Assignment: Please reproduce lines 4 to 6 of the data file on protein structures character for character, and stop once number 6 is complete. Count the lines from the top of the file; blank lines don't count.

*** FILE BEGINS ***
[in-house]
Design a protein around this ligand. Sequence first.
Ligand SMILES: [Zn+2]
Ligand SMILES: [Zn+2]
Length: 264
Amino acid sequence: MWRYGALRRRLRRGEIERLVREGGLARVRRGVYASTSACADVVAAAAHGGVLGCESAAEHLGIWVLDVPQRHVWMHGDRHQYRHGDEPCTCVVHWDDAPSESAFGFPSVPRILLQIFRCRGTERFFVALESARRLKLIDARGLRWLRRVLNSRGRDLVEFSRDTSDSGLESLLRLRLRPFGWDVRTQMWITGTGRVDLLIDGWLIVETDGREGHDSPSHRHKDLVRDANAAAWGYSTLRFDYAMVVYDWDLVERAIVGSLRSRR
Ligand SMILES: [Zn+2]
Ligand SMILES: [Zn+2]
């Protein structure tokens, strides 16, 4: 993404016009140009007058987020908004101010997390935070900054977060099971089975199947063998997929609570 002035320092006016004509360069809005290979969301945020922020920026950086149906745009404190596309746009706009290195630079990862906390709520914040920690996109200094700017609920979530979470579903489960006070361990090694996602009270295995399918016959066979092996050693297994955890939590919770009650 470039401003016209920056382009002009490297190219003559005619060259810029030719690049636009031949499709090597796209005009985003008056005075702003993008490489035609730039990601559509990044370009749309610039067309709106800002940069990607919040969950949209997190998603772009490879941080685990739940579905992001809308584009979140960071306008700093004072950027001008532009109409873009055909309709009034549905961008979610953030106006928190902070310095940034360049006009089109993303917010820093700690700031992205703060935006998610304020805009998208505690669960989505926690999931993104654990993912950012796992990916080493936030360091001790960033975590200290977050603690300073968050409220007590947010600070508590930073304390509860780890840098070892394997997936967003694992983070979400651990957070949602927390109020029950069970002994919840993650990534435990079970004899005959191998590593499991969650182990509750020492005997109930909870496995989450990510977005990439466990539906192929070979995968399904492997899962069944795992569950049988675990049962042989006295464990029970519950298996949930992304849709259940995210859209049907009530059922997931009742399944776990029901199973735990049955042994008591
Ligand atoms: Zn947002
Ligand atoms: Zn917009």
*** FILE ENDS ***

Ligand SMILES: [Zn+2]
Length: 264
Amino acid sequence: MWRYGALRRRLRRGEIERLVREGGLARVRRGVYASTSACADVVAAAAHGGVLGCESAAEHLGIWVLDVPQRHVWMHGDRHQYRHGDEPCTCVVHWDDAPSESAFGFPSVPRILLQIFRCRGTERFFVALESARRLKLIDARGLRWLRRVLNSRGRDLVEFSRDTSDSGLESLLRLRLRPFGWDVRTQMWITGTGRVDLLIDGWLIVETDGREGHDSPSHRHKDLVRDANAAAWGYSTLRFDYAMVVYDWDLVERAIVGSLRSRR